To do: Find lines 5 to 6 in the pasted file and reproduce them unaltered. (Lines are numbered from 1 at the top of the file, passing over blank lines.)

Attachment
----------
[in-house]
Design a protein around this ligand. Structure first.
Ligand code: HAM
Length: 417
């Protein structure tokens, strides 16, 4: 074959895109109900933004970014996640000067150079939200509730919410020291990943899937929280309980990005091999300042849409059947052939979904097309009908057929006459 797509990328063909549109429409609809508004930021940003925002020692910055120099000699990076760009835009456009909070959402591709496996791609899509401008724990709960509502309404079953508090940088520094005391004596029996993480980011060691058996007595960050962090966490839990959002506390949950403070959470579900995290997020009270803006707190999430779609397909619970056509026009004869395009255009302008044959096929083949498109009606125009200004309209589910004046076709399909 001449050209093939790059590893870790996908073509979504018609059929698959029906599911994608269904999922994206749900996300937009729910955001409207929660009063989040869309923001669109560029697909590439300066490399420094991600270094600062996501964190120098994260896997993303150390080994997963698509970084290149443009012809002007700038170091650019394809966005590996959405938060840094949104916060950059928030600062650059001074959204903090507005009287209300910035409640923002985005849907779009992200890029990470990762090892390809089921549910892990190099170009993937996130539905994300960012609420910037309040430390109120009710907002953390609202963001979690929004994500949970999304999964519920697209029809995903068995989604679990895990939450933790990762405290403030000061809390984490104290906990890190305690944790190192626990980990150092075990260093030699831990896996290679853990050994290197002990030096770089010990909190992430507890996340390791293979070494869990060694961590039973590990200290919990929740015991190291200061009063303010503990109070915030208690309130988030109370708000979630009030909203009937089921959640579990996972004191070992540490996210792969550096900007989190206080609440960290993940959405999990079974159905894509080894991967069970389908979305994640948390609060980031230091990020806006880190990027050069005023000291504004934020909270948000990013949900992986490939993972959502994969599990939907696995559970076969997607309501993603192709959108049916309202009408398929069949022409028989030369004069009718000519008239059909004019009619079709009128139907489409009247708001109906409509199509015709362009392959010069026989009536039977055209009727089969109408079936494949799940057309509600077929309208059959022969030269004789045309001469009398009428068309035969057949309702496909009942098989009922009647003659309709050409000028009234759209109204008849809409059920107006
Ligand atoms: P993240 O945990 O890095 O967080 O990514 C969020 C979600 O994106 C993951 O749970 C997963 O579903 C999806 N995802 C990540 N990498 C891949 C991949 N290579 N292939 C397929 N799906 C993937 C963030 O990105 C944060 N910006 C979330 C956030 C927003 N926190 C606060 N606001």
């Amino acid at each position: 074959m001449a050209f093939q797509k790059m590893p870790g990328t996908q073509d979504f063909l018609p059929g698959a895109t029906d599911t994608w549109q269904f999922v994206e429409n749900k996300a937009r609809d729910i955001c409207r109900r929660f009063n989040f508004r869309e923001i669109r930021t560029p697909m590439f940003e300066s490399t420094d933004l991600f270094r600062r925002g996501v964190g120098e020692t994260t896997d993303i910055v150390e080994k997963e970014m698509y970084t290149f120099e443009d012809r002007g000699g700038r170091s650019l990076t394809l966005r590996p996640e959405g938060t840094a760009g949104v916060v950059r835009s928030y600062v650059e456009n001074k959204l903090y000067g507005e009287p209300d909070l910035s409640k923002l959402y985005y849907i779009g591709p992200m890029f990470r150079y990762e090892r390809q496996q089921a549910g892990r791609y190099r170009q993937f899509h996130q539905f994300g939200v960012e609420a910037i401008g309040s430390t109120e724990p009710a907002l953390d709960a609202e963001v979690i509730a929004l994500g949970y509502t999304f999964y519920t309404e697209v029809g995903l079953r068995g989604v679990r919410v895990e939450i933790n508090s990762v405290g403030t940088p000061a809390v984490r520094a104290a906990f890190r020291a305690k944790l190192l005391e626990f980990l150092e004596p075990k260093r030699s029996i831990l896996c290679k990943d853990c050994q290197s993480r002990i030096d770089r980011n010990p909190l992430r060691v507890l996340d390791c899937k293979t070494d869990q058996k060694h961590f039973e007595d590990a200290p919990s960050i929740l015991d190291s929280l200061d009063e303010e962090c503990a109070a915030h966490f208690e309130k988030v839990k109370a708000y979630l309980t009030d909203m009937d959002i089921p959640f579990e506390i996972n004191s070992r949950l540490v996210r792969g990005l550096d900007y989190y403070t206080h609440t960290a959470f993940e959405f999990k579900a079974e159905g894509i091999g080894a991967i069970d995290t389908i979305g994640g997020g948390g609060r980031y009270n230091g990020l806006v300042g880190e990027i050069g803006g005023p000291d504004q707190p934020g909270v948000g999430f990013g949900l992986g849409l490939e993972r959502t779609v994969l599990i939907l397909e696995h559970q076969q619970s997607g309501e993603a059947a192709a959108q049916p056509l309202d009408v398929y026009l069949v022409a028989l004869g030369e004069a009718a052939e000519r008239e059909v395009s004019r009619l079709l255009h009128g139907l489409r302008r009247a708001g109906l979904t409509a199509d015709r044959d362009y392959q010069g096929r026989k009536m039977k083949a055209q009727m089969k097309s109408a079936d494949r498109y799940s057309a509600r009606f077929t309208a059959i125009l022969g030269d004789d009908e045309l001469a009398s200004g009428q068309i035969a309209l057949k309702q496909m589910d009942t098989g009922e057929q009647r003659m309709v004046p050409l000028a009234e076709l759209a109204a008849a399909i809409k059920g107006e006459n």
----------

């Protein structure tokens, strides 16, 4: 074959895109109900933004970014996640000067150079939200509730919410020291990943899937929280309980990005091999300042849409059947052939979904097309009908057929006459 797509990328063909549109429409609809508004930021940003925002020692910055120099000699990076760009835009456009909070959402591709496996791609899509401008724990709960509502309404079953508090940088520094005391004596029996993480980011060691058996007595960050962090966490839990959002506390949950403070959470579900995290997020009270803006707190999430779609397909619970056509026009004869395009255009302008044959096929083949498109009606125009200004309209589910004046076709399909 001449050209093939790059590893870790996908073509979504018609059929698959029906599911994608269904999922994206749900996300937009729910955001409207929660009063989040869309923001669109560029697909590439300066490399420094991600270094600062996501964190120098994260896997993303150390080994997963698509970084290149443009012809002007700038170091650019394809966005590996959405938060840094949104916060950059928030600062650059001074959204903090507005009287209300910035409640923002985005849907779009992200890029990470990762090892390809089921549910892990190099170009993937996130539905994300960012609420910037309040430390109120009710907002953390609202963001979690929004994500949970999304999964519920697209029809995903068995989604679990895990939450933790990762405290403030000061809390984490104290906990890190305690944790190192626990980990150092075990260093030699831990896996290679853990050994290197002990030096770089010990909190992430507890996340390791293979070494869990060694961590039973590990200290919990929740015991190291200061009063303010503990109070915030208690309130988030109370708000979630009030909203009937089921959640579990996972004191070992540490996210792969550096900007989190206080609440960290993940959405999990079974159905894509080894991967069970389908979305994640948390609060980031230091990020806006880190990027050069005023000291504004934020909270948000990013949900992986490939993972959502994969599990939907696995559970076969997607309501993603192709959108049916309202009408398929069949022409028989030369004069009718000519008239059909004019009619079709009128139907489409009247708001109906409509199509015709362009392959010069026989009536039977055209009727089969109408079936494949799940057309509600077929309208059959022969030269004789045309001469009398009428068309035969057949309702496909009942098989009922009647003659309709050409000028009234759209109204008849809409059920107006
Ligand atoms: P993240 O945990 O890095 O967080 O990514 C969020 C979600 O994106 C993951 O749970 C997963 O579903 C999806 N995802 C990540 N990498 C891949 C991949 N290579 N292939 C397929 N799906 C993937 C963030 O990105 C944060 N910006 C979330 C956030 C927003 N926190 C606060 N606001």